HB 116: Excused Absence Without a Doctor’s Note
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Three years ago, we advocated for a change to the law that would allow parents to excuse their children from government schools for mental illness. Prior to that time, state law referred to “illness,” but did not specify what type—and many school districts interpreted this as referring only to physical health.
Over the years, we have met with many families where students experiencing mental health crises were also subjected to punitive truancy proceedings for failure to attend their classes, adding to their troubles and complicating their recovery. This legal reform was a welcome change.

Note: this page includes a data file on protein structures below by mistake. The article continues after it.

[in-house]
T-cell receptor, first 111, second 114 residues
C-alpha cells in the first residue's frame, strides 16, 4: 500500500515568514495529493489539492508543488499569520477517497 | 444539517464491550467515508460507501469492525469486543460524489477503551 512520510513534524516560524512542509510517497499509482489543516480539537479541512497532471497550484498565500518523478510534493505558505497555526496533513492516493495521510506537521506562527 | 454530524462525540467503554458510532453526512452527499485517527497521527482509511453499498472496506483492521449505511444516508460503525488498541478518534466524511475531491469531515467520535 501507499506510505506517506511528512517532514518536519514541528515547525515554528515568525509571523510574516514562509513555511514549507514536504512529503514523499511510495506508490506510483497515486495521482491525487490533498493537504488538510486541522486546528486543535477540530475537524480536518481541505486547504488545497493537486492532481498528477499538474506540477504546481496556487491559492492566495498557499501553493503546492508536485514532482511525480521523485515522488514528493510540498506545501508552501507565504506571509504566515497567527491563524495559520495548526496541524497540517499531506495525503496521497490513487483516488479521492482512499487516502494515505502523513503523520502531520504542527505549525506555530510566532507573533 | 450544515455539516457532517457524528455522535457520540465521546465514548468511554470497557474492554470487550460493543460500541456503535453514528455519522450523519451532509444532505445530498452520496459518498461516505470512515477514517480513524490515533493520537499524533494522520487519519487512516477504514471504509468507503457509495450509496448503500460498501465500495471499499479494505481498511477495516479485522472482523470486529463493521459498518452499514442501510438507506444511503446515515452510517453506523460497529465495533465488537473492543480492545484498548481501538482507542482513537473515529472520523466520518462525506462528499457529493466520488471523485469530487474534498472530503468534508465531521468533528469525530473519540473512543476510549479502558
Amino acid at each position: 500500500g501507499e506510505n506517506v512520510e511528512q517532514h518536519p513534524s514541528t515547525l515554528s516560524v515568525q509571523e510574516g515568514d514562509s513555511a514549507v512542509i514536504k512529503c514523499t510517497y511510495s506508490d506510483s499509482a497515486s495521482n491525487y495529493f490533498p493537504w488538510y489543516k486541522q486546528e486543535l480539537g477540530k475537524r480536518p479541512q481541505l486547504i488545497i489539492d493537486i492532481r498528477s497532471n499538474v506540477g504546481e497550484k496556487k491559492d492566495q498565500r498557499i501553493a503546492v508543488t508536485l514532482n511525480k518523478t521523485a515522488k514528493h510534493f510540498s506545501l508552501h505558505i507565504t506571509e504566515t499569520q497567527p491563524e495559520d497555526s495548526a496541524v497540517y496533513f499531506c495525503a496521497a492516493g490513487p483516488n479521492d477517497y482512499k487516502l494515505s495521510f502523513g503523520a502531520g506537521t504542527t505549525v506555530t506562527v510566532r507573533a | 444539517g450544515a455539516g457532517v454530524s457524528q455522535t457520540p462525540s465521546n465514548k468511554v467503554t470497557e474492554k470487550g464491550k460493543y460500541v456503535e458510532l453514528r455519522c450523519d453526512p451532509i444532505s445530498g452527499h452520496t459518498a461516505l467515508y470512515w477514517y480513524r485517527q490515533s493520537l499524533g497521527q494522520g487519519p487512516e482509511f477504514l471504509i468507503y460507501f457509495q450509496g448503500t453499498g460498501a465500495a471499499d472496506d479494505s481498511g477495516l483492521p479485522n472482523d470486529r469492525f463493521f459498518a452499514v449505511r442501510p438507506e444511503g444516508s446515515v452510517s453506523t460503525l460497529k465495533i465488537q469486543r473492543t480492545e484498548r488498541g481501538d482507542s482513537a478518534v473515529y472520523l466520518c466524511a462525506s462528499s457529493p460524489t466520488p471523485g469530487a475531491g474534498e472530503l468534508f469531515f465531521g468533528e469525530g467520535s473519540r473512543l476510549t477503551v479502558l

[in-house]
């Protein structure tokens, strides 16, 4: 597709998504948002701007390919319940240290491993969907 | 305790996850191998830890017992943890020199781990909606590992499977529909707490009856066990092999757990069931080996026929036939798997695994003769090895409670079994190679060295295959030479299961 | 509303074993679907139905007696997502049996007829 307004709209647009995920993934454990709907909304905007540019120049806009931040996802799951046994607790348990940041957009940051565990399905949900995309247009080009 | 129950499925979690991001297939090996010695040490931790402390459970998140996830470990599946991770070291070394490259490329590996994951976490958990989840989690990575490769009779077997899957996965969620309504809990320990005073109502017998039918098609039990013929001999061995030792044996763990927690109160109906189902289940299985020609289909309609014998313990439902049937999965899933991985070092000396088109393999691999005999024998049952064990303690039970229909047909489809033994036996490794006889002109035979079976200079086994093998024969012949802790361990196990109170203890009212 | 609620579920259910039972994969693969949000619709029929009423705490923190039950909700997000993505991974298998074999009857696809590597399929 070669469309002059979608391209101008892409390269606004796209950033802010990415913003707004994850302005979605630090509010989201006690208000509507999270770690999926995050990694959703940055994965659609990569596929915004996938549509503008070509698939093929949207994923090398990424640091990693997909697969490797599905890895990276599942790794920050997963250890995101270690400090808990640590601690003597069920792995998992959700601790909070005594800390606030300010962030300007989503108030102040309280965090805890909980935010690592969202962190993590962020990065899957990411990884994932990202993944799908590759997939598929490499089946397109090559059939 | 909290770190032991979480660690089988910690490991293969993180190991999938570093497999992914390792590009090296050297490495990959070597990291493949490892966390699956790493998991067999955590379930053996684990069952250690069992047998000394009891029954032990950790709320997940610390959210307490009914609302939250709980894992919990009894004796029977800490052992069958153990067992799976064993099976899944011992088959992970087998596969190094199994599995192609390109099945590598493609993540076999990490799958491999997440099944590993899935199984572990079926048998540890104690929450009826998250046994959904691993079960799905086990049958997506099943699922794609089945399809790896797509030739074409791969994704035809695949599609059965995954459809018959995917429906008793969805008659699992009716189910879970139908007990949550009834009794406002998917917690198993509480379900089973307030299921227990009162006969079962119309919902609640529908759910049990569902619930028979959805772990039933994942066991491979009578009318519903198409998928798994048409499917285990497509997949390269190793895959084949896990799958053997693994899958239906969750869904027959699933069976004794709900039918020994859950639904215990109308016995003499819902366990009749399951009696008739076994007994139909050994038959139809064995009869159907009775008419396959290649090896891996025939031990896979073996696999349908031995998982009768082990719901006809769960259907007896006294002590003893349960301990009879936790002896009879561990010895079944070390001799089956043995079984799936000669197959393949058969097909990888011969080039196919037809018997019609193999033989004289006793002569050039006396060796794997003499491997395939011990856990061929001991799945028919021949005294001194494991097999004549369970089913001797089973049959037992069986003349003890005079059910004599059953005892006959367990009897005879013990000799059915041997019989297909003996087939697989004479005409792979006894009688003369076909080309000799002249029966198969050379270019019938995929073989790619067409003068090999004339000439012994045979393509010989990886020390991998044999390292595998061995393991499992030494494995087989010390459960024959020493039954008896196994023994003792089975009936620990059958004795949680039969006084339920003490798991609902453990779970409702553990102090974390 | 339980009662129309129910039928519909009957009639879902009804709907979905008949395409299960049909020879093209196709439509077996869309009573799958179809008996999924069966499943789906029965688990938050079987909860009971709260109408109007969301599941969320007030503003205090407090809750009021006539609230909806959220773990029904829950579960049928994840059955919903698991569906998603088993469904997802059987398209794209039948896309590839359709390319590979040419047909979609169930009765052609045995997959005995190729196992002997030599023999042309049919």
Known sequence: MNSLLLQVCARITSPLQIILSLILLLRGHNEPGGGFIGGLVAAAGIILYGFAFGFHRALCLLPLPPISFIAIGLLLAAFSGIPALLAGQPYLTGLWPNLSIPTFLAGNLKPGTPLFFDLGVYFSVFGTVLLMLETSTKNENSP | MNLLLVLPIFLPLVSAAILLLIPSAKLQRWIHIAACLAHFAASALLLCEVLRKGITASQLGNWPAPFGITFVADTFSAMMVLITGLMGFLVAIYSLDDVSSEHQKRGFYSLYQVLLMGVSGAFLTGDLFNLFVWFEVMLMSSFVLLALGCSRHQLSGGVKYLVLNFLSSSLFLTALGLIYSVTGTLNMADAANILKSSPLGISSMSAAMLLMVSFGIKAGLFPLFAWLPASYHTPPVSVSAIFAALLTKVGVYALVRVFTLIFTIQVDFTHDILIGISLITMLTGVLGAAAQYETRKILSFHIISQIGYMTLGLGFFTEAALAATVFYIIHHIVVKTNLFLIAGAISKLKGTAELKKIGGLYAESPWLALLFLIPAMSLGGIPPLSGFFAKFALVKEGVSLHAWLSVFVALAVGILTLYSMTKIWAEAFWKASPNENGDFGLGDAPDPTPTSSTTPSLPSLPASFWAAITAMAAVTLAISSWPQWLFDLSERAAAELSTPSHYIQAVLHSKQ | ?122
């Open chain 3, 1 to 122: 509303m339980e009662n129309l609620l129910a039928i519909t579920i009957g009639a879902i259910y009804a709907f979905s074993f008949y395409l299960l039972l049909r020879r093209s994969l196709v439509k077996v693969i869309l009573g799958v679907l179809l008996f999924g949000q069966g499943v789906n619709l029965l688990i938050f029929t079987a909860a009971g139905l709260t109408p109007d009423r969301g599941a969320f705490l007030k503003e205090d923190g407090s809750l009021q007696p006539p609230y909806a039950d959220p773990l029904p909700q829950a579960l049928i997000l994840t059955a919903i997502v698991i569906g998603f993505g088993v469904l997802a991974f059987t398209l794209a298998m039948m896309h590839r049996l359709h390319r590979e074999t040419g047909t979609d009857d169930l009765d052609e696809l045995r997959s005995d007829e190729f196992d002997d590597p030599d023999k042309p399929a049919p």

However, some schools require parents to have a doctor’s note before excusing the child pursuant to state law. Thus, parents are prohibited from attesting to the health status of their child and must pay money to get a permission slip from a doctor before the school will excuse the absence, despite state law not requiring this step.
This bill helps protect parental rights, as schools should be subordinate to and supportive of the parents as they help educate and care for their children. Allowing parents to excuse their children from school for a valid absence should not require them to pay a medical professional to validate their decision.